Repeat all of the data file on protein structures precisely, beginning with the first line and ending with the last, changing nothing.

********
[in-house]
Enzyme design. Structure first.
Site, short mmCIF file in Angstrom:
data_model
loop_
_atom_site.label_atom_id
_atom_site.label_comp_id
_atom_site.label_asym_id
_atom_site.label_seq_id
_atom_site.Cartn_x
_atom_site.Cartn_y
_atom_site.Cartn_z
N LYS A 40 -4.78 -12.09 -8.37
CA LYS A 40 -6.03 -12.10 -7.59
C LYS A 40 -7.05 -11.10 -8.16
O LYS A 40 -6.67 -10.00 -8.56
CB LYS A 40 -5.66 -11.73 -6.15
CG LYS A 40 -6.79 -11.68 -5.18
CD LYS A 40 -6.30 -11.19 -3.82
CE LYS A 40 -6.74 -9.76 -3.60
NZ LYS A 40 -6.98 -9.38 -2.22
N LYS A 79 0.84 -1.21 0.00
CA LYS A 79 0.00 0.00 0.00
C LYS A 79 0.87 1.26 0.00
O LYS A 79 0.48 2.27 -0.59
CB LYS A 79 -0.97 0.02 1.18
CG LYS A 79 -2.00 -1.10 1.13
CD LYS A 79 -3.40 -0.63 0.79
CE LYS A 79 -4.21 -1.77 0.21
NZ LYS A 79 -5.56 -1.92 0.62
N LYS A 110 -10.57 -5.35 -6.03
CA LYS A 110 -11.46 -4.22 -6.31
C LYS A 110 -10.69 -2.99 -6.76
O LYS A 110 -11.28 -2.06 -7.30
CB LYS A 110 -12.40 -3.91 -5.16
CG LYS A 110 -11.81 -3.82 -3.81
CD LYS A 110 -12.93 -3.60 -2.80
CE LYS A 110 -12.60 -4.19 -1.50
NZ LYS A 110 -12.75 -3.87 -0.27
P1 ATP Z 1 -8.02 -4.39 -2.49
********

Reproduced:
[in-house]
Enzyme design. Structure first.
Site, short mmCIF file in Angstrom:
data_model
loop_
_atom_site.label_atom_id
_atom_site.label_comp_id
_atom_site.label_asym_id
_atom_site.label_seq_id
_atom_site.Cartn_x
_atom_site.Cartn_y
_atom_site.Cartn_z
N LYS A 40 -4.78 -12.09 -8.37
CA LYS A 40 -6.03 -12.10 -7.59
C LYS A 40 -7.05 -11.10 -8.16
O LYS A 40 -6.67 -10.00 -8.56
CB LYS A 40 -5.66 -11.73 -6.15
CG LYS A 40 -6.79 -11.68 -5.18
CD LYS A 40 -6.30 -11.19 -3.82
CE LYS A 40 -6.74 -9.76 -3.60
NZ LYS A 40 -6.98 -9.38 -2.22
N LYS A 79 0.84 -1.21 0.00
CA LYS A 79 0.00 0.00 0.00
C LYS A 79 0.87 1.26 0.00
O LYS A 79 0.48 2.27 -0.59
CB LYS A 79 -0.97 0.02 1.18
CG LYS A 79 -2.00 -1.10 1.13
CD LYS A 79 -3.40 -0.63 0.79
CE LYS A 79 -4.21 -1.77 0.21
NZ LYS A 79 -5.56 -1.92 0.62
N LYS A 110 -10.57 -5.35 -6.03
CA LYS A 110 -11.46 -4.22 -6.31
C LYS A 110 -10.69 -2.99 -6.76
O LYS A 110 -11.28 -2.06 -7.30
CB LYS A 110 -12.40 -3.91 -5.16
CG LYS A 110 -11.81 -3.82 -3.81
CD LYS A 110 -12.93 -3.60 -2.80
CE LYS A 110 -12.60 -4.19 -1.50
NZ LYS A 110 -12.75 -3.87 -0.27
P1 ATP Z 1 -8.02 -4.39 -2.49